Marking the commencement of the four-month period of Chaturmas, it is a time when Lord Vishnu is believed to enter a state of divine slumber. This period encourages devotees to intensify their spiritual practices, engage in virtuous deeds, and perform charity.

The fast observed on this day, from sunrise to sunrise of the following Dwadashi, is a testament to the devotion and reverence held for this auspicious occasion. As we approach Devshayani Ekadashi on 17 July 2024, let us remember the deep-rooted traditions and the spiritual awakening it symbolizes for the faithful.

Frequently Asked Questions

What is Devshayani Ekadashi and why is it significant?

Devshayani Ekadashi, also known as Ashadi Ekadashi or Maha-ekadashi, is a Hindu festival celebrated on the eleventh day of the bright fortnight of the Hindu month of Ashadha. It signifies the beginning of Chaturmas, a four-month period when Lord Vishnu is believed to rest. It is a day of fasting and prayer among Vaishnavas, marking a time for increased spiritual practices and abstention from auspicious ceremonies like marriages.

When is Devshayani Ekadashi in 2024?

In 2024, Devshayani Ekadashi falls on 17 July. It is observed with particular rituals and fasting, with an emphasis on spiritual enlightenment and devotion.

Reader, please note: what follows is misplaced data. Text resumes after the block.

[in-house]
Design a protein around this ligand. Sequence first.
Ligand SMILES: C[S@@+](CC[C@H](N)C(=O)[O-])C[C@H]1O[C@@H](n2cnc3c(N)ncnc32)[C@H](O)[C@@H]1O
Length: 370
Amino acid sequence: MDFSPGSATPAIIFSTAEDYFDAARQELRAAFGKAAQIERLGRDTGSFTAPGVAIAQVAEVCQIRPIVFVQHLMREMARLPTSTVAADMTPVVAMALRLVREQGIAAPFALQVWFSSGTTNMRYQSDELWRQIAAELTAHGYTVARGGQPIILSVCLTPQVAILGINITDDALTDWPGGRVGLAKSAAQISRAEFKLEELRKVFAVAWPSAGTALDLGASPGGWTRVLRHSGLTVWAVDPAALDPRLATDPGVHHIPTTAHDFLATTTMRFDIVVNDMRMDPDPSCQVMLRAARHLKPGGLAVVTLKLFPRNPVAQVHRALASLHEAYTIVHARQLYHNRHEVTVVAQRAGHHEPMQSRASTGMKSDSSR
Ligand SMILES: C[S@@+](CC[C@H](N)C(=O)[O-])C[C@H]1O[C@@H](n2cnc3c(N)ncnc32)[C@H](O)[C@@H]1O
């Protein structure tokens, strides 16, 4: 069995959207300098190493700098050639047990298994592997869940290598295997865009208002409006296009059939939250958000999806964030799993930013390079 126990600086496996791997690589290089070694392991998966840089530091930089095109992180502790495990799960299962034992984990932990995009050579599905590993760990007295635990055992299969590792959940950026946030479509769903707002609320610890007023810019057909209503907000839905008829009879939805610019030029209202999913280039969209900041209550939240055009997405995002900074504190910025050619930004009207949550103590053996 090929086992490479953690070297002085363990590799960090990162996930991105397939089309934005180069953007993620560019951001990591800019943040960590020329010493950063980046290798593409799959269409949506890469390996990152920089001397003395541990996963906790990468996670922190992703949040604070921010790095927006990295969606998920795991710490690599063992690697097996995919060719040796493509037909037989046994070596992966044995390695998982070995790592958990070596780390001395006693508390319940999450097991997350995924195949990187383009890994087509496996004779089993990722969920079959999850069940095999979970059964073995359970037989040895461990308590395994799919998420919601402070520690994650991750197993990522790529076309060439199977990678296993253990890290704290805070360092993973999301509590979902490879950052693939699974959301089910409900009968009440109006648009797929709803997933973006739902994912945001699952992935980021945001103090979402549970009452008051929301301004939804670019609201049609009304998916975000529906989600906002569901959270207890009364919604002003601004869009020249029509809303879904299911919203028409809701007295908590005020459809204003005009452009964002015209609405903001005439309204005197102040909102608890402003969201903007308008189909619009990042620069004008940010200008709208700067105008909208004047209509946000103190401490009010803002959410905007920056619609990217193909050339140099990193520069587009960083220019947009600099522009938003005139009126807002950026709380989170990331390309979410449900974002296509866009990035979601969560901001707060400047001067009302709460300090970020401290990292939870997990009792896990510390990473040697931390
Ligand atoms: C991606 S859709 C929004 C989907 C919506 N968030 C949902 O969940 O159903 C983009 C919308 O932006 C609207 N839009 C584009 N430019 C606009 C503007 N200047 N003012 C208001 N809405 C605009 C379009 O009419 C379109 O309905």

What are the rituals associated with Devshayani Ekadashi?

Devotees observe a strict fast from sunrise on the day of Devshayani Ekadashi until sunrise the next day, engage in prayers and devotional activities, and offer charity. It is also customary to abstain from organizing auspicious events during Chaturmas, as it is believed the deities are resting.

What is the mythology behind Devshayani Ekadashi?

The mythology of Devshayani Ekadashi revolves around Lord Vishnu entering a state of deep sleep (Shayana) on the cosmic ocean of Milk (Ksheer Sagar) atop the serpent Ananta. This period is known as Chaturmas and symbolizes a time for devotees to engage in virtuous activities and spiritual growth.

How does Devshayani Ekadashi relate to the Puri Jagannath Rath Yatra?

Devshayani Ekadashi is closely associated with the Puri Jagannath Rath Yatra, a grand procession of Lord Jagannath (a form of Lord Vishnu) in Puri, Odisha. The Rath Yatra typically occurs shortly after Devshayani Ekadashi, and it is a significant event for devotees.

What is the significance of sunrise in the fasting ritual on Devshayani Ekadashi?

The fasting ritual on Devshayani Ekadashi begins at sunrise on the day of Ekadashi and ends at sunrise on Dwadashi, the following day. The timing of sunrise is significant as it marks the beginning and end of the fast, which is observed to enhance spiritual growth and devotion to Lord Vishnu.